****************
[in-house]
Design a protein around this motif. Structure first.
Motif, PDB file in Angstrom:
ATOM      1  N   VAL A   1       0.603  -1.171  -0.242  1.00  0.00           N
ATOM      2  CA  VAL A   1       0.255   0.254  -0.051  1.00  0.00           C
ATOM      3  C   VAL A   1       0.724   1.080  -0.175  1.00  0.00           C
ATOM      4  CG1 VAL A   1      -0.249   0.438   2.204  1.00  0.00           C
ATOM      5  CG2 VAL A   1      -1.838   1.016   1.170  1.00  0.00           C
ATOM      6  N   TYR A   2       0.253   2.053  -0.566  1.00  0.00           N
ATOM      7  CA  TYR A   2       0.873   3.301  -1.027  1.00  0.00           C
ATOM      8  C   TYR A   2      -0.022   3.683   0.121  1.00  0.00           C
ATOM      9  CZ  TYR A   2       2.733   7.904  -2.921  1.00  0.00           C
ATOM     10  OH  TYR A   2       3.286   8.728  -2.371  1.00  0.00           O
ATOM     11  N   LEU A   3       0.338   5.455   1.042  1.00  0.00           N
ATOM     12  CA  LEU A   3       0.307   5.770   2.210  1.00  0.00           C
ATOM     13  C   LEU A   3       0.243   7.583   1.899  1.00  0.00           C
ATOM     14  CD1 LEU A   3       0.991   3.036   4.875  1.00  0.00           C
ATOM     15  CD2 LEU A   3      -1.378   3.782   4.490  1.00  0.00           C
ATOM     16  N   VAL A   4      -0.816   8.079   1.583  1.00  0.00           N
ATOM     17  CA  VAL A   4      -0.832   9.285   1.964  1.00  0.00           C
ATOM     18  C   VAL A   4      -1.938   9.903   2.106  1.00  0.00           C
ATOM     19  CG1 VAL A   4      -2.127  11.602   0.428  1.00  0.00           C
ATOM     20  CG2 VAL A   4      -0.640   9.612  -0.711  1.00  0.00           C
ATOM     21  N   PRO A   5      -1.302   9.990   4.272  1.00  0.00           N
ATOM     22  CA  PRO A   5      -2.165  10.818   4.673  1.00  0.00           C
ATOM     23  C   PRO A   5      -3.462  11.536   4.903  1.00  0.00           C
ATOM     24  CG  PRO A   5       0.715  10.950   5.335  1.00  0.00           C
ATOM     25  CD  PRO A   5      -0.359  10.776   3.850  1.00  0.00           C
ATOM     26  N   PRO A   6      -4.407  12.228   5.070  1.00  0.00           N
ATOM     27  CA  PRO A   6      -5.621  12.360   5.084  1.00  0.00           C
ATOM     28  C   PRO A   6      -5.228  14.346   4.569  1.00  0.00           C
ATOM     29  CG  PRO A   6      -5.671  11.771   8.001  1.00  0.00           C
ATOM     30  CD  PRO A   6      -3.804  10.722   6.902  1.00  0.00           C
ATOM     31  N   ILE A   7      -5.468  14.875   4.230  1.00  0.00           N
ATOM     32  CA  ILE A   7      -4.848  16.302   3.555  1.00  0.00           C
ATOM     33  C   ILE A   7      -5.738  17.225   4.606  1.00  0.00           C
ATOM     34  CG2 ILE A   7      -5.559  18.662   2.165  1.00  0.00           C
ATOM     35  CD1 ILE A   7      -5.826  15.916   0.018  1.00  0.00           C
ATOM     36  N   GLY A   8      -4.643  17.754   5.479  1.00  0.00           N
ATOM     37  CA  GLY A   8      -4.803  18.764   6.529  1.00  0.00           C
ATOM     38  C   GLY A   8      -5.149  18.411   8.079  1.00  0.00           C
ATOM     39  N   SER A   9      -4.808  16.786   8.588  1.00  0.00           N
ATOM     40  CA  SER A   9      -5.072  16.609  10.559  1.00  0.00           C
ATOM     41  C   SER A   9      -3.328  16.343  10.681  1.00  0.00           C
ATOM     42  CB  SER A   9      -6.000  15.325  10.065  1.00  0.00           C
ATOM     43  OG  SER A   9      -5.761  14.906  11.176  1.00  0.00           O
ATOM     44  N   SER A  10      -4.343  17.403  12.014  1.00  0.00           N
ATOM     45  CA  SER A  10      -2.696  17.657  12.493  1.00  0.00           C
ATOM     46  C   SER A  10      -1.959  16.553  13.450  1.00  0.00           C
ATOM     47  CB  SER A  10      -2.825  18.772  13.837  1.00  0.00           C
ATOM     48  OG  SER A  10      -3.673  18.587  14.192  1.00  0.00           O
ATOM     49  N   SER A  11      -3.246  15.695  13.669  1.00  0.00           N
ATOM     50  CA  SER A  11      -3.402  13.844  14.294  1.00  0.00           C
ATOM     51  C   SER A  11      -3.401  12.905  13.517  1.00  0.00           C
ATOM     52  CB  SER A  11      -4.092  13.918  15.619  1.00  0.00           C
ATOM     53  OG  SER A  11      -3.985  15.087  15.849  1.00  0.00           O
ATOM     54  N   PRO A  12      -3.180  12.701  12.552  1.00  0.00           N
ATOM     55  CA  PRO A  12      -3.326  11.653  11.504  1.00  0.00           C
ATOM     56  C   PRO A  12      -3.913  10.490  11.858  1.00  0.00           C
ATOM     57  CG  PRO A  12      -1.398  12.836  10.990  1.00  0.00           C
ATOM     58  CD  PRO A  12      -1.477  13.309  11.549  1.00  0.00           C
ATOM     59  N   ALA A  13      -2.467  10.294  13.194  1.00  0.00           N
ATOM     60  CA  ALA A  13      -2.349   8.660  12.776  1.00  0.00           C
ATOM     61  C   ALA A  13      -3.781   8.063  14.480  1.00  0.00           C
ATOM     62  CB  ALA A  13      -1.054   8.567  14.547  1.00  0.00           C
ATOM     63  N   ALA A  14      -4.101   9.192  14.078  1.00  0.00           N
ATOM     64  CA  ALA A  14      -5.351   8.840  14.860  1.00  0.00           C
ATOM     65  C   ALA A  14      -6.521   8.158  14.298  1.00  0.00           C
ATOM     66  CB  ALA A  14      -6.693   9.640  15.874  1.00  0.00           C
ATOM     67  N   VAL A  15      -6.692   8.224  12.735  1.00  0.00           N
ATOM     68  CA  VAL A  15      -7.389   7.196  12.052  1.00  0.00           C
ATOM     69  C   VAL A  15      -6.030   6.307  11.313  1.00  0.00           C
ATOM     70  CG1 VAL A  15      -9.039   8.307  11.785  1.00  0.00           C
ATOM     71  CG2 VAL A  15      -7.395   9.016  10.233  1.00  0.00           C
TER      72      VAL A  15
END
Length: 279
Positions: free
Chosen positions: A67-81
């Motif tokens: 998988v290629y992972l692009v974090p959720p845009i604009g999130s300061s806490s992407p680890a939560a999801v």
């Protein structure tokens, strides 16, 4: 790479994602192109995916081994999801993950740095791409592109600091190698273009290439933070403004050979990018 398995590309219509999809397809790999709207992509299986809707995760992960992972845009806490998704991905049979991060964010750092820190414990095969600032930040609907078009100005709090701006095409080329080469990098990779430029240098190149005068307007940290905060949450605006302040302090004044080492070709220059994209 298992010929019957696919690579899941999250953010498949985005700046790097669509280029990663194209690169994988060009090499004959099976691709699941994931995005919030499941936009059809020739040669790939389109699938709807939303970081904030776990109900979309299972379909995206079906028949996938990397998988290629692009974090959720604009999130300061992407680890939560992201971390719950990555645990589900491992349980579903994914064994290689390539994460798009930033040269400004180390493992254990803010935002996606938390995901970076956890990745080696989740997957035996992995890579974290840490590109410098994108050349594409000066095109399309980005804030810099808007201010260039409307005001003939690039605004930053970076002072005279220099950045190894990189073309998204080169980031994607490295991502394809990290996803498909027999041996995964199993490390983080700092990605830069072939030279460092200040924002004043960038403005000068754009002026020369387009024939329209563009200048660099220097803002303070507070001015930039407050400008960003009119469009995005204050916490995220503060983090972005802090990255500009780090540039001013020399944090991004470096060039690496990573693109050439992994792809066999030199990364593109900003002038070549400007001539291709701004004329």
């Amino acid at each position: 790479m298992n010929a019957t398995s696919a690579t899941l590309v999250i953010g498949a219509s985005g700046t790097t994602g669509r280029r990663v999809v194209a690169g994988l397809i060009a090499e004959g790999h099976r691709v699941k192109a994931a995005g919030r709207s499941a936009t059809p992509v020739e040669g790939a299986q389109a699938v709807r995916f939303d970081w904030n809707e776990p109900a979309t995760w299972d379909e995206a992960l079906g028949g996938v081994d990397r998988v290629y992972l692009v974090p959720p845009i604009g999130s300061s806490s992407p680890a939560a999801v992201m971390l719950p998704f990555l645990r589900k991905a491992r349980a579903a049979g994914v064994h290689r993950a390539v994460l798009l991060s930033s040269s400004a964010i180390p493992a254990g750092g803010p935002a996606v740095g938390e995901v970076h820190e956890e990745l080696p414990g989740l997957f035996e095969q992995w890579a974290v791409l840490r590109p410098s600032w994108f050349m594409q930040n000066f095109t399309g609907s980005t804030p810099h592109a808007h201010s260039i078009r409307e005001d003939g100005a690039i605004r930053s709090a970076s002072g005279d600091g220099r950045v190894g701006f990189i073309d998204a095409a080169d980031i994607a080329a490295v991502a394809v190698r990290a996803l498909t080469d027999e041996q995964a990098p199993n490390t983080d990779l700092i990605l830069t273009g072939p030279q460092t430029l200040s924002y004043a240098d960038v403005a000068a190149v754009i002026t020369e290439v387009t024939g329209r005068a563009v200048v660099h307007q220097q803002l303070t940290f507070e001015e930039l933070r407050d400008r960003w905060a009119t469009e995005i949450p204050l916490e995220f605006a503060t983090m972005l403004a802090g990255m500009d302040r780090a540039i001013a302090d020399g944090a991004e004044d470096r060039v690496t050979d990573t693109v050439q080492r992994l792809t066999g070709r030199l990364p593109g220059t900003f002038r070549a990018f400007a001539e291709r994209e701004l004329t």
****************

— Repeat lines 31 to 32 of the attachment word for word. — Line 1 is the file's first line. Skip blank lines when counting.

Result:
ATOM     28  C   PRO A   6      -5.228  14.346   4.569  1.00  0.00           C
ATOM     29  CG  PRO A   6      -5.671  11.771   8.001  1.00  0.00           C